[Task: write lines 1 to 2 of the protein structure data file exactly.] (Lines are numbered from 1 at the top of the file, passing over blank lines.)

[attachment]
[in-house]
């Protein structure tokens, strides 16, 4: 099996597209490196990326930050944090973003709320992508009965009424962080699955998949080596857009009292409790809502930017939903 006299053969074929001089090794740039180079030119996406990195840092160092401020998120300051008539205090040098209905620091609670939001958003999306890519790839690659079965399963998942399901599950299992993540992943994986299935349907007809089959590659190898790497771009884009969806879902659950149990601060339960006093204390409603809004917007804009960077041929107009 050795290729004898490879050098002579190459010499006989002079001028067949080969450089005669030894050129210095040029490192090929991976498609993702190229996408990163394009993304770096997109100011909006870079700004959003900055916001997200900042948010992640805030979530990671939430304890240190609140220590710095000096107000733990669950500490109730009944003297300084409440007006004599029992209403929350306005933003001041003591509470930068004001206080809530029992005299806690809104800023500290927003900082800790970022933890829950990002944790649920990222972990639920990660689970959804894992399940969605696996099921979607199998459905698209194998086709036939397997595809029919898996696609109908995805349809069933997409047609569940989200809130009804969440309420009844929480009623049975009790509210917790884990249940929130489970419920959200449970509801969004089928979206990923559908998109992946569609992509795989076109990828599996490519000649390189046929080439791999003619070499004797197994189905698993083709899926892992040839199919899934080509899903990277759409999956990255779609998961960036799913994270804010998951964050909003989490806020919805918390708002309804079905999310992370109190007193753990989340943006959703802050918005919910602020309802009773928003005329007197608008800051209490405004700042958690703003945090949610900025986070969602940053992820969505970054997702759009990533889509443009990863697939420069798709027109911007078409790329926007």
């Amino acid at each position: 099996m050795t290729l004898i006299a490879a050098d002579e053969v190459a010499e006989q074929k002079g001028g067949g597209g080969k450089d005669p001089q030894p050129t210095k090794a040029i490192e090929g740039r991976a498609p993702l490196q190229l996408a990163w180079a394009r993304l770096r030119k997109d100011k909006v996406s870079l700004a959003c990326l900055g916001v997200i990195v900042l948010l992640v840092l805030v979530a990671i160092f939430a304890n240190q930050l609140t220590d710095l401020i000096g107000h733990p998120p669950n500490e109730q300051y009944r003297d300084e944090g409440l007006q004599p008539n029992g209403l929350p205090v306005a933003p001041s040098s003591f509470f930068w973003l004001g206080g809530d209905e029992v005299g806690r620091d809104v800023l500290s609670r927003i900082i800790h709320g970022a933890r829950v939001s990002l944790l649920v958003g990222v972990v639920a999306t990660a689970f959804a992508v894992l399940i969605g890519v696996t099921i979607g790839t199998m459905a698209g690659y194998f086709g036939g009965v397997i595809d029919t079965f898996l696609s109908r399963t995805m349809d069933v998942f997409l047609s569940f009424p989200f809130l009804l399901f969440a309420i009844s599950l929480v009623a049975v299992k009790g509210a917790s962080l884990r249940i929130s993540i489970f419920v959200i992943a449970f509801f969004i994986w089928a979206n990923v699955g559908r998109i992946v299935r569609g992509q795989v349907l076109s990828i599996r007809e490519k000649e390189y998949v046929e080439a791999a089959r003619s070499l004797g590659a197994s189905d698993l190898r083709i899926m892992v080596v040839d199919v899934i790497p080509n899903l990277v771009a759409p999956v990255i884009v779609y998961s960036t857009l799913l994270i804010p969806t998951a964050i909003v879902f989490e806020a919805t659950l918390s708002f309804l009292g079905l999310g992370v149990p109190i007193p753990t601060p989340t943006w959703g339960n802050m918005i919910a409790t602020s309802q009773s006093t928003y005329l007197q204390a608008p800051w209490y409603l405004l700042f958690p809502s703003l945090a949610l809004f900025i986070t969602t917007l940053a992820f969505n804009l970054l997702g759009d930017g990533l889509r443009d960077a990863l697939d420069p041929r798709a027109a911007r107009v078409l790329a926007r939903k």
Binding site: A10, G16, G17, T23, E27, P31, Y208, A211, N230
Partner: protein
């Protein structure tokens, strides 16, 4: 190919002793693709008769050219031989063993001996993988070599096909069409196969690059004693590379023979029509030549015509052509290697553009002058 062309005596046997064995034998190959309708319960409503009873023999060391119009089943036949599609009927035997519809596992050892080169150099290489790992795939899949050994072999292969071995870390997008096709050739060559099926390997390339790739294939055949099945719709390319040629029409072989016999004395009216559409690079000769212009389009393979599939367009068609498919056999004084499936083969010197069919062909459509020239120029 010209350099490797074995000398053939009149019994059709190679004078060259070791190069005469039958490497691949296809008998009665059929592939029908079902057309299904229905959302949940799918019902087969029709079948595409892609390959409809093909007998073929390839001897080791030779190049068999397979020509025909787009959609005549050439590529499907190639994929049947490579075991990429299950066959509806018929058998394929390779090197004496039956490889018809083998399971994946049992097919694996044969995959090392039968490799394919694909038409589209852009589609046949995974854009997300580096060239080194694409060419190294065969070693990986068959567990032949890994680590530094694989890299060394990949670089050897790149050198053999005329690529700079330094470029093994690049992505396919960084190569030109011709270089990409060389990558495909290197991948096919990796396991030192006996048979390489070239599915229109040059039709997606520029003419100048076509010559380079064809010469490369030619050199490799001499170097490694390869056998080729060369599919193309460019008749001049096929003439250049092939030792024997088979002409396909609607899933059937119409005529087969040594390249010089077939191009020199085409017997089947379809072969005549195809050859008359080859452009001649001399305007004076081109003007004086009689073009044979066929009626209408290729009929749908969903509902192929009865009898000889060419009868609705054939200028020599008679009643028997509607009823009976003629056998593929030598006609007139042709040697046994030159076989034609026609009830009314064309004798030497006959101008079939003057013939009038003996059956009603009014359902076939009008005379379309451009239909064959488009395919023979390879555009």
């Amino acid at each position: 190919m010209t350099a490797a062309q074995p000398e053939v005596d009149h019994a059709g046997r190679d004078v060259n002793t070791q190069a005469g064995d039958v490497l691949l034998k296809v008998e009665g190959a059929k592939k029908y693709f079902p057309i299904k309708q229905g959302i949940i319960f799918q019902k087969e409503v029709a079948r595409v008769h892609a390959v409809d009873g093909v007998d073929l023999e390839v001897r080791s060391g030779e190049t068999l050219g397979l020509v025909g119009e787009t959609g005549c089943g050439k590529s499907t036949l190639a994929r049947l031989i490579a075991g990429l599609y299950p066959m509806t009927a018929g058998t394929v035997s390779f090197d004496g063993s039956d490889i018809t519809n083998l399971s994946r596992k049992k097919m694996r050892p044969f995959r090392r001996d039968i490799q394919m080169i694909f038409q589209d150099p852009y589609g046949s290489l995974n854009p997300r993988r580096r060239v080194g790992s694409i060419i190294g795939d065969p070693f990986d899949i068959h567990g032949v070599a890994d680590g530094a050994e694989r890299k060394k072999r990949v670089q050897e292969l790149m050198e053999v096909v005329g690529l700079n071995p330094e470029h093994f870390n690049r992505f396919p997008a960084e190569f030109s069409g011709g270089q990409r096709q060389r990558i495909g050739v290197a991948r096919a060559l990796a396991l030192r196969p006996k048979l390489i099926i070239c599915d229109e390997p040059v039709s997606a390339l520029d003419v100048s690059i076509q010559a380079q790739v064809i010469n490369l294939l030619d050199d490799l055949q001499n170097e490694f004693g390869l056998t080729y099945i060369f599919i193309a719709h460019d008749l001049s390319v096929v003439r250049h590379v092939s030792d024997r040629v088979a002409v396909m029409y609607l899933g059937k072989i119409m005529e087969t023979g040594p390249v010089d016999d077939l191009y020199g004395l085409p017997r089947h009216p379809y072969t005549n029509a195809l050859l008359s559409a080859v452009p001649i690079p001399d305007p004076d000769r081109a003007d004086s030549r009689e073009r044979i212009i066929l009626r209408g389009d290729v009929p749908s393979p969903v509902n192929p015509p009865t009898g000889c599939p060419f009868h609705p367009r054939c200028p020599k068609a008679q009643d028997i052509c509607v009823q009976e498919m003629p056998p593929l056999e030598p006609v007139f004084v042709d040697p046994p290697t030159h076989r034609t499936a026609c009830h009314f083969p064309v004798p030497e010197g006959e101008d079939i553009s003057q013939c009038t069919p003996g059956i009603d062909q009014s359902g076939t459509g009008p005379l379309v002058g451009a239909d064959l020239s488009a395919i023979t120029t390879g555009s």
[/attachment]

[in-house]
């Protein structure tokens, strides 16, 4: 099996597209490196990326930050944090973003709320992508009965009424962080699955998949080596857009009292409790809502930017939903 006299053969074929001089090794740039180079030119996406990195840092160092401020998120300051008539205090040098209905620091609670939001958003999306890519790839690659079965399963998942399901599950299992993540992943994986299935349907007809089959590659190898790497771009884009969806879902659950149990601060339960006093204390409603809004917007804009960077041929107009 050795290729004898490879050098002579190459010499006989002079001028067949080969450089005669030894050129210095040029490192090929991976498609993702190229996408990163394009993304770096997109100011909006870079700004959003900055916001997200900042948010992640805030979530990671939430304890240190609140220590710095000096107000733990669950500490109730009944003297300084409440007006004599029992209403929350306005933003001041003591509470930068004001206080809530029992005299806690809104800023500290927003900082800790970022933890829950990002944790649920990222972990639920990660689970959804894992399940969605696996099921979607199998459905698209194998086709036939397997595809029919898996696609109908995805349809069933997409047609569940989200809130009804969440309420009844929480009623049975009790509210917790884990249940929130489970419920959200449970509801969004089928979206990923559908998109992946569609992509795989076109990828599996490519000649390189046929080439791999003619070499004797197994189905698993083709899926892992040839199919899934080509899903990277759409999956990255779609998961960036799913994270804010998951964050909003989490806020919805918390708002309804079905999310992370109190007193753990989340943006959703802050918005919910602020309802009773928003005329007197608008800051209490405004700042958690703003945090949610900025986070969602940053992820969505970054997702759009990533889509443009990863697939420069798709027109911007078409790329926007």